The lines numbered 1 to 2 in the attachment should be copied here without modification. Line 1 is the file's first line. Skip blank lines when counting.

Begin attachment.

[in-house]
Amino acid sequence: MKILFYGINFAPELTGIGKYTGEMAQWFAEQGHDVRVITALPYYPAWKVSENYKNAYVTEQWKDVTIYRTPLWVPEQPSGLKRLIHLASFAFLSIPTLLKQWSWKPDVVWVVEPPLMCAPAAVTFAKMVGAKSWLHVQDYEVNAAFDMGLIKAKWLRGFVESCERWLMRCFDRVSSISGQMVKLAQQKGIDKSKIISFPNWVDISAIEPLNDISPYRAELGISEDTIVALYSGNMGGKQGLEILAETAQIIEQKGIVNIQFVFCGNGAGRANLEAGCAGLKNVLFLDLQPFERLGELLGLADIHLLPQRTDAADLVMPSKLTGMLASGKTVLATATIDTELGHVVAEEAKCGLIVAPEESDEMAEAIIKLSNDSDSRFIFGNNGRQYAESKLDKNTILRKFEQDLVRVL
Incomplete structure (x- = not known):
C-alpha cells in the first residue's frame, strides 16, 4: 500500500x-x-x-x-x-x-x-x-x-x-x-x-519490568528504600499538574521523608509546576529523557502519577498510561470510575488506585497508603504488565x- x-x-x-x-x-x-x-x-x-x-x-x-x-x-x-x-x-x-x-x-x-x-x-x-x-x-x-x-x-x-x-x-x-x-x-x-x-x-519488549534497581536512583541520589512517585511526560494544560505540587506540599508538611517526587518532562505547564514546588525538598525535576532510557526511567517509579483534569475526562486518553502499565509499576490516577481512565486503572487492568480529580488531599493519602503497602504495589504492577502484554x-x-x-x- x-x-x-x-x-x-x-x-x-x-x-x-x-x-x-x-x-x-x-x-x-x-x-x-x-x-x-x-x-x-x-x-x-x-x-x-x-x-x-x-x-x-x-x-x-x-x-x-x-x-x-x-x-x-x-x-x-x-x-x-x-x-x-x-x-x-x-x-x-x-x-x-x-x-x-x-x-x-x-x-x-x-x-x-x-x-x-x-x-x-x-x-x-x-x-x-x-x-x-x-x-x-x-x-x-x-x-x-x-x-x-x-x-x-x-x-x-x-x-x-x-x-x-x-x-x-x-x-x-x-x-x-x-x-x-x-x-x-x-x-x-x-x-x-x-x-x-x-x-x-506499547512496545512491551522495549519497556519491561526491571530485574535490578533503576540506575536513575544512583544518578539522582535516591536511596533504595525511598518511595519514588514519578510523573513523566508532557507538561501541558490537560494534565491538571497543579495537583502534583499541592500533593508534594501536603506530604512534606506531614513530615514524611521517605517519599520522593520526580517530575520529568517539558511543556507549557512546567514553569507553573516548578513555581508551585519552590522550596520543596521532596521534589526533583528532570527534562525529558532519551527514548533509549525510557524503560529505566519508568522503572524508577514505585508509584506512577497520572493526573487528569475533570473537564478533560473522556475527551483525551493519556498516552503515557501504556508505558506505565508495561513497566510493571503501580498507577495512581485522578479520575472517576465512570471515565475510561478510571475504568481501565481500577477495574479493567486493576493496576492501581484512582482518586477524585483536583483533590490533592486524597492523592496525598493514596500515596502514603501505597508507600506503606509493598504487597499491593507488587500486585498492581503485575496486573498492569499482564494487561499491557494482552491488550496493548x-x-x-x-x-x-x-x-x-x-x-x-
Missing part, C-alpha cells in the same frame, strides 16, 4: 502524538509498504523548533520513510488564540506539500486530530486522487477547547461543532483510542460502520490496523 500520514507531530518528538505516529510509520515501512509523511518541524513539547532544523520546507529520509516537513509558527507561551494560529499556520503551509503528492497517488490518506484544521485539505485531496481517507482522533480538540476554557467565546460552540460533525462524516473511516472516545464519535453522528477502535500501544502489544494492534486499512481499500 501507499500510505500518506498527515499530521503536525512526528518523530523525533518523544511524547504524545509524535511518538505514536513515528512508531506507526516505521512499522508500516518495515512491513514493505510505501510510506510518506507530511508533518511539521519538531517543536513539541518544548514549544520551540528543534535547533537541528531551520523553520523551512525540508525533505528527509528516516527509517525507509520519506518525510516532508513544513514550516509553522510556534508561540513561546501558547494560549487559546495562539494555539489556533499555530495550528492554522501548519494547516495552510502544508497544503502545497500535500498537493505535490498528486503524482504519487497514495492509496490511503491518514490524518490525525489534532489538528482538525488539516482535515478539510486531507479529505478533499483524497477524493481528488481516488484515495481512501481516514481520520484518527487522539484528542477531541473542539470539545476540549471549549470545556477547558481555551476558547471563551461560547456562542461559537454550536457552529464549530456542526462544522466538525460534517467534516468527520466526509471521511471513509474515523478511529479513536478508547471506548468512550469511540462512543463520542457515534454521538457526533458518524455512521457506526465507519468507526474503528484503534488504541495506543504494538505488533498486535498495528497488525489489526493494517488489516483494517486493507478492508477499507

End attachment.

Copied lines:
[in-house]
Amino acid sequence: MKILFYGINFAPELTGIGKYTGEMAQWFAEQGHDVRVITALPYYPAWKVSENYKNAYVTEQWKDVTIYRTPLWVPEQPSGLKRLIHLASFAFLSIPTLLKQWSWKPDVVWVVEPPLMCAPAAVTFAKMVGAKSWLHVQDYEVNAAFDMGLIKAKWLRGFVESCERWLMRCFDRVSSISGQMVKLAQQKGIDKSKIISFPNWVDISAIEPLNDISPYRAELGISEDTIVALYSGNMGGKQGLEILAETAQIIEQKGIVNIQFVFCGNGAGRANLEAGCAGLKNVLFLDLQPFERLGELLGLADIHLLPQRTDAADLVMPSKLTGMLASGKTVLATATIDTELGHVVAEEAKCGLIVAPEESDEMAEAIIKLSNDSDSRFIFGNNGRQYAESKLDKNTILRKFEQDLVRVL